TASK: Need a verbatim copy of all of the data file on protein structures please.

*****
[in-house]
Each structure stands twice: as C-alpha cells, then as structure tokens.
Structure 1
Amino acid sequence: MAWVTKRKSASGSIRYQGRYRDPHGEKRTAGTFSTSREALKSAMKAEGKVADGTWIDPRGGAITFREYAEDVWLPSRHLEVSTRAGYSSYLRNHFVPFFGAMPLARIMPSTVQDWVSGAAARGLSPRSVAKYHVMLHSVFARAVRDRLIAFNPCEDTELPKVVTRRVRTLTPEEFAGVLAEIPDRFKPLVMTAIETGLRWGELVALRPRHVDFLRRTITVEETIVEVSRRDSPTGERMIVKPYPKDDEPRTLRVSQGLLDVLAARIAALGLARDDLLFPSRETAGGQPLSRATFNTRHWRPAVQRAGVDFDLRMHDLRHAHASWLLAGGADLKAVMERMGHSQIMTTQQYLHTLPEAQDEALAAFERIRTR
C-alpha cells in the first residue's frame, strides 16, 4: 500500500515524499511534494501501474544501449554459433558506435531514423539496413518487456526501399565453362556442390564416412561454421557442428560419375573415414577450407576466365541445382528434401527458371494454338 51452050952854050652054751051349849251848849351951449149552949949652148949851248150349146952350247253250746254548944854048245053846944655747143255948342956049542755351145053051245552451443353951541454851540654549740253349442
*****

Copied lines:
[in-house]
Each structure stands twice: as C-alpha cells, then as structure tokens.
Structure 1
Amino acid sequence: MAWVTKRKSASGSIRYQGRYRDPHGEKRTAGTFSTSREALKSAMKAEGKVADGTWIDPRGGAITFREYAEDVWLPSRHLEVSTRAGYSSYLRNHFVPFFGAMPLARIMPSTVQDWVSGAAARGLSPRSVAKYHVMLHSVFARAVRDRLIAFNPCEDTELPKVVTRRVRTLTPEEFAGVLAEIPDRFKPLVMTAIETGLRWGELVALRPRHVDFLRRTITVEETIVEVSRRDSPTGERMIVKPYPKDDEPRTLRVSQGLLDVLAARIAALGLARDDLLFPSRETAGGQPLSRATFNTRHWRPAVQRAGVDFDLRMHDLRHAHASWLLAGGADLKAVMERMGHSQIMTTQQYLHTLPEAQDEALAAFERIRTR
C-alpha cells in the first residue's frame, strides 16, 4: 500500500515524499511534494501501474544501449554459433558506435531514423539496413518487456526501399565453362556442390564416412561454421557442428560419375573415414577450407576466365541445382528434401527458371494454338 51452050952854050652054751051349849251848849351951449149552949949652148949851248150349146952350247253250746254548944854048245053846944655747143255948342956049542755351145053051245552451443353951541454851540654549740253349442